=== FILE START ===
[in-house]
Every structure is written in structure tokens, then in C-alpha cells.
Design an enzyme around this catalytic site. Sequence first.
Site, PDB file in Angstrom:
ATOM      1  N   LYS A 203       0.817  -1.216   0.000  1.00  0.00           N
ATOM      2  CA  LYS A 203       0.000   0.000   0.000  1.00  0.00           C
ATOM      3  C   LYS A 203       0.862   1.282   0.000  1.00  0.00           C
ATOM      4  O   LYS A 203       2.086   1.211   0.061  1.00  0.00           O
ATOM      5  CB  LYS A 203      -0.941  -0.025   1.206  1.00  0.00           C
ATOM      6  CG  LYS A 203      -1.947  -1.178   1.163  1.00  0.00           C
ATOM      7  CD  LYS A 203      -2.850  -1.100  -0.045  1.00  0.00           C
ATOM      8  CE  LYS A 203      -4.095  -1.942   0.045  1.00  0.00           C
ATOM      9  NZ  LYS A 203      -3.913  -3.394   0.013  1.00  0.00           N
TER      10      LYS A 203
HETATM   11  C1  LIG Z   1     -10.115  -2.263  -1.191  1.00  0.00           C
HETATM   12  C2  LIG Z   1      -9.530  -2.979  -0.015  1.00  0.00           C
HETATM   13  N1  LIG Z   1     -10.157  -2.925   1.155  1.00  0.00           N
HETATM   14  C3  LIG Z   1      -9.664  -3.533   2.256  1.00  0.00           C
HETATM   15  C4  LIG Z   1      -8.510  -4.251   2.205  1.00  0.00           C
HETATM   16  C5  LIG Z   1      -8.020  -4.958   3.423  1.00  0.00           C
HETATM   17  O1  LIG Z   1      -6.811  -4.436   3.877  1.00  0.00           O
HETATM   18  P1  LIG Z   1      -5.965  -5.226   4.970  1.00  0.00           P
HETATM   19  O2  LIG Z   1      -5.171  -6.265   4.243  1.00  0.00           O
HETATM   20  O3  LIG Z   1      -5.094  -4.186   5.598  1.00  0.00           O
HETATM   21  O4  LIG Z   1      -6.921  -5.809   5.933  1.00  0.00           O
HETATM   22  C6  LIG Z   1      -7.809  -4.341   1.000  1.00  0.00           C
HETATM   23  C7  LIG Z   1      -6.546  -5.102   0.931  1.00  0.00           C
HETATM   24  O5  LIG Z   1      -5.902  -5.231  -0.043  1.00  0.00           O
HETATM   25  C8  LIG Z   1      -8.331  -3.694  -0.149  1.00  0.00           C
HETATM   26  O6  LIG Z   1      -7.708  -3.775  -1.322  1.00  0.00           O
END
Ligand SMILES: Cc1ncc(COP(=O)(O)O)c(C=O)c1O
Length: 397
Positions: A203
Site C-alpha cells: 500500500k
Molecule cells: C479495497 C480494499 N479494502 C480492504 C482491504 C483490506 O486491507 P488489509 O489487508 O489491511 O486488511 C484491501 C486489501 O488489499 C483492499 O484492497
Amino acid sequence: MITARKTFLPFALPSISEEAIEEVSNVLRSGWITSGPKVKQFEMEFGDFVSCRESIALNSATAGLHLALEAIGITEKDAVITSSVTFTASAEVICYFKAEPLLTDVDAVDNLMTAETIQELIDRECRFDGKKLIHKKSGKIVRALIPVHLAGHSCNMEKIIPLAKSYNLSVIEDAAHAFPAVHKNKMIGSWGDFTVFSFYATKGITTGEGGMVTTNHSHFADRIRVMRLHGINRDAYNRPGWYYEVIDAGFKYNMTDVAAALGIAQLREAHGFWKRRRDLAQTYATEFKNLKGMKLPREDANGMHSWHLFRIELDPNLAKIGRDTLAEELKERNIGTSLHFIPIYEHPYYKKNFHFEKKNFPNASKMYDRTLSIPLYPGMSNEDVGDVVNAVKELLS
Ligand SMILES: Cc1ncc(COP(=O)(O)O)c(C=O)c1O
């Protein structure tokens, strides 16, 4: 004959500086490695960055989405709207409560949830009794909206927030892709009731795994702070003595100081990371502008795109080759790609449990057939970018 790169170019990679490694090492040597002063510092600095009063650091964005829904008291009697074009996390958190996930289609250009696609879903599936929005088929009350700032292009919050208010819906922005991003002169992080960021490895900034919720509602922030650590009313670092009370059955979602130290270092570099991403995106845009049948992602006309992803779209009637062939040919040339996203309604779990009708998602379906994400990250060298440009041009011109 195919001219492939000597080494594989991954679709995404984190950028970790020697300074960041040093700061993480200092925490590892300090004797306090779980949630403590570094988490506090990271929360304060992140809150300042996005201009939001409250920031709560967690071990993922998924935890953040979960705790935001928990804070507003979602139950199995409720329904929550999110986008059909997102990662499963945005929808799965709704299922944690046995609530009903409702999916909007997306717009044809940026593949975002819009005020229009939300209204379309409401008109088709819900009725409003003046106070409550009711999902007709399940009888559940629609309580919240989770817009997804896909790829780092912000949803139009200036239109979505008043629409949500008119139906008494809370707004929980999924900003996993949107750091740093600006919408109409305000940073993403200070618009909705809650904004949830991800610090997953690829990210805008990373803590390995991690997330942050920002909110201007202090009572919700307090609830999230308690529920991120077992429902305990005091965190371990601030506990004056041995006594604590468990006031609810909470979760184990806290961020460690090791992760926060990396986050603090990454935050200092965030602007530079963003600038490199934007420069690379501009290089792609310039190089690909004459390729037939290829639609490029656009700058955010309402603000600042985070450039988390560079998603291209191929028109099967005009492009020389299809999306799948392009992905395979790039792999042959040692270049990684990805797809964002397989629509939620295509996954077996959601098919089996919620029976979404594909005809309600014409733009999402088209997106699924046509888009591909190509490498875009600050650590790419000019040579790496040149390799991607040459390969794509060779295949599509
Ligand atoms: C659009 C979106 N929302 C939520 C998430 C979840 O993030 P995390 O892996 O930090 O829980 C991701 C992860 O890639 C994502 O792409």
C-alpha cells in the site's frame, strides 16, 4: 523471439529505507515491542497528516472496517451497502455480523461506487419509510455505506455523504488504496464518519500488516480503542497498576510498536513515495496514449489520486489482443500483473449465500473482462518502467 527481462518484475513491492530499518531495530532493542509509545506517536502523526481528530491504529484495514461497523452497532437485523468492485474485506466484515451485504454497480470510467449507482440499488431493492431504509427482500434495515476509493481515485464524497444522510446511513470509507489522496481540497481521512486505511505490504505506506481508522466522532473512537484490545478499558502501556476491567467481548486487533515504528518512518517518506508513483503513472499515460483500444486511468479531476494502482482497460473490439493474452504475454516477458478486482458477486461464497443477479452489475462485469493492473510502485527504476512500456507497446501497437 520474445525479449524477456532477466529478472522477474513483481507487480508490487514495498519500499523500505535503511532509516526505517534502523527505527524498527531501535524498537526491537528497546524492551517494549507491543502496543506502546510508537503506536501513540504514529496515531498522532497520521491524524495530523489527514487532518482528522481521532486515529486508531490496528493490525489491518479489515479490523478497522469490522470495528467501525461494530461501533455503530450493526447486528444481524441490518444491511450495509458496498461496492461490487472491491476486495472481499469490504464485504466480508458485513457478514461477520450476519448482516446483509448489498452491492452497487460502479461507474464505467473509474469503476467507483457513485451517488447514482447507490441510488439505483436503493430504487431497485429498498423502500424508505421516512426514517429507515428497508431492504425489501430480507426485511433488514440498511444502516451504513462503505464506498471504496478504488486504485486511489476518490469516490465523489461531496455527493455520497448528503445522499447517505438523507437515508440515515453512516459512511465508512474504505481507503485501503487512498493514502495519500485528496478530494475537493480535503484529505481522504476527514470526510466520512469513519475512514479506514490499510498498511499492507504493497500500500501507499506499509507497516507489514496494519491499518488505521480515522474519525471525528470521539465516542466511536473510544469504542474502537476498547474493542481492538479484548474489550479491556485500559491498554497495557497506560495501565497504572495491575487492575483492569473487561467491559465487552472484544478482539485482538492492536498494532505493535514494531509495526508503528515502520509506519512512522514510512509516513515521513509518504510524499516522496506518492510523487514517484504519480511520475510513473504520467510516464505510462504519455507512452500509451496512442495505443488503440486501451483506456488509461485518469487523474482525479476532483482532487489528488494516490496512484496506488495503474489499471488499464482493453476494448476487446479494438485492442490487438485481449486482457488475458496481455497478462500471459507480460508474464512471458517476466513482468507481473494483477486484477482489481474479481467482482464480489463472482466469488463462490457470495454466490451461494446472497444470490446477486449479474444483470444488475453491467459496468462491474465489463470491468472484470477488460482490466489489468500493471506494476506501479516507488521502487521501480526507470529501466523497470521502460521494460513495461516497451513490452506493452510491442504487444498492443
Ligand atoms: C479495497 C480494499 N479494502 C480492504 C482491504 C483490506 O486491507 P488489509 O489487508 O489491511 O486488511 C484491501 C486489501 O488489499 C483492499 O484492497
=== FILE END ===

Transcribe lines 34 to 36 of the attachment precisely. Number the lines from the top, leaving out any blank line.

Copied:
Positions: A203
Site C-alpha cells: 500500500k
Molecule cells: C479495497 C480494499 N479494502 C480492504 C482491504 C483490506 O486491507 P488489509 O489487508 O489491511 O486488511 C484491501 C486489501 O488489499 C483492499 O484492497